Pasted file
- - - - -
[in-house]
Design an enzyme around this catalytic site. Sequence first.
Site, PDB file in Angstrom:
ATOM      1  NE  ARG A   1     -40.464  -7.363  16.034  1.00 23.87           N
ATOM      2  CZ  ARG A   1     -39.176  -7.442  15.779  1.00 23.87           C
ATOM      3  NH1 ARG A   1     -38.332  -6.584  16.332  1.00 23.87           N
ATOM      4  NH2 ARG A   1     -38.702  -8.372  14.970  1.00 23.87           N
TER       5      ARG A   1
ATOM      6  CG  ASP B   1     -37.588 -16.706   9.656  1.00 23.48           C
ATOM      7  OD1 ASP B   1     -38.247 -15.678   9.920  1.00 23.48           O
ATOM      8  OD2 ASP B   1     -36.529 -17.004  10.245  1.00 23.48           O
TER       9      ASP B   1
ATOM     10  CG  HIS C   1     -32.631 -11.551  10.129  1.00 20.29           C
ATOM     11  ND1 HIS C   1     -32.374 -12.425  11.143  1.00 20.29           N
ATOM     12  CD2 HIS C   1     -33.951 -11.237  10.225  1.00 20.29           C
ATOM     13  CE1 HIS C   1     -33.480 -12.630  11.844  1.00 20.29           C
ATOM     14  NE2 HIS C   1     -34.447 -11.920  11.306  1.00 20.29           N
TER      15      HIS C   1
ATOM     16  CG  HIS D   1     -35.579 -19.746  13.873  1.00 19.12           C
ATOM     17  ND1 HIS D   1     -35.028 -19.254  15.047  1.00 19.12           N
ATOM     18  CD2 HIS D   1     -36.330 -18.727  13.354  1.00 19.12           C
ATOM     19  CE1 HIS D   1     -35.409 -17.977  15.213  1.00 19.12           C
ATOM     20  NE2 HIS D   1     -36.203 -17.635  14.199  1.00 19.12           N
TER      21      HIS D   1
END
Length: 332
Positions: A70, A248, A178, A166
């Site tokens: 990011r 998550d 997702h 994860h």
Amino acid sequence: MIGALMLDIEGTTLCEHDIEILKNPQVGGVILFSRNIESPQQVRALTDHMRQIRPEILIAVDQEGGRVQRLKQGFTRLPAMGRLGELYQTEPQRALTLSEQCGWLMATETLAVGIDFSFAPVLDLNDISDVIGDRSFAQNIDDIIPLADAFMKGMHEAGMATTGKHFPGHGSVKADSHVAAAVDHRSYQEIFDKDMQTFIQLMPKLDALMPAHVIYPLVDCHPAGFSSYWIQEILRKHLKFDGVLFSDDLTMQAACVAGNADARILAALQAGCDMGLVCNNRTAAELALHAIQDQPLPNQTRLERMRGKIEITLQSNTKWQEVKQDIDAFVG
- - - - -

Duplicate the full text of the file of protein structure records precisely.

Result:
[in-house]
Design an enzyme around this catalytic site. Sequence first.
Site, PDB file in Angstrom:
ATOM      1  NE  ARG A   1     -40.464  -7.363  16.034  1.00 23.87           N
ATOM      2  CZ  ARG A   1     -39.176  -7.442  15.779  1.00 23.87           C
ATOM      3  NH1 ARG A   1     -38.332  -6.584  16.332  1.00 23.87           N
ATOM      4  NH2 ARG A   1     -38.702  -8.372  14.970  1.00 23.87           N
TER       5      ARG A   1
ATOM      6  CG  ASP B   1     -37.588 -16.706   9.656  1.00 23.48           C
ATOM      7  OD1 ASP B   1     -38.247 -15.678   9.920  1.00 23.48           O
ATOM      8  OD2 ASP B   1     -36.529 -17.004  10.245  1.00 23.48           O
TER       9      ASP B   1
ATOM     10  CG  HIS C   1     -32.631 -11.551  10.129  1.00 20.29           C
ATOM     11  ND1 HIS C   1     -32.374 -12.425  11.143  1.00 20.29           N
ATOM     12  CD2 HIS C   1     -33.951 -11.237  10.225  1.00 20.29           C
ATOM     13  CE1 HIS C   1     -33.480 -12.630  11.844  1.00 20.29           C
ATOM     14  NE2 HIS C   1     -34.447 -11.920  11.306  1.00 20.29           N
TER      15      HIS C   1
ATOM     16  CG  HIS D   1     -35.579 -19.746  13.873  1.00 19.12           C
ATOM     17  ND1 HIS D   1     -35.028 -19.254  15.047  1.00 19.12           N
ATOM     18  CD2 HIS D   1     -36.330 -18.727  13.354  1.00 19.12           C
ATOM     19  CE1 HIS D   1     -35.409 -17.977  15.213  1.00 19.12           C
ATOM     20  NE2 HIS D   1     -36.203 -17.635  14.199  1.00 19.12           N
TER      21      HIS D   1
END
Length: 332
Positions: A70, A248, A178, A166
């Site tokens: 990011r 998550d 997702h 994860h």
Amino acid sequence: MIGALMLDIEGTTLCEHDIEILKNPQVGGVILFSRNIESPQQVRALTDHMRQIRPEILIAVDQEGGRVQRLKQGFTRLPAMGRLGELYQTEPQRALTLSEQCGWLMATETLAVGIDFSFAPVLDLNDISDVIGDRSFAQNIDDIIPLADAFMKGMHEAGMATTGKHFPGHGSVKADSHVAAAVDHRSYQEIFDKDMQTFIQLMPKLDALMPAHVIYPLVDCHPAGFSSYWIQEILRKHLKFDGVLFSDDLTMQAACVAGNADARILAALQAGCDMGLVCNNRTAAELALHAIQDQPLPNQTRLERMRGKIEITLQSNTKWQEVKQDIDAFVG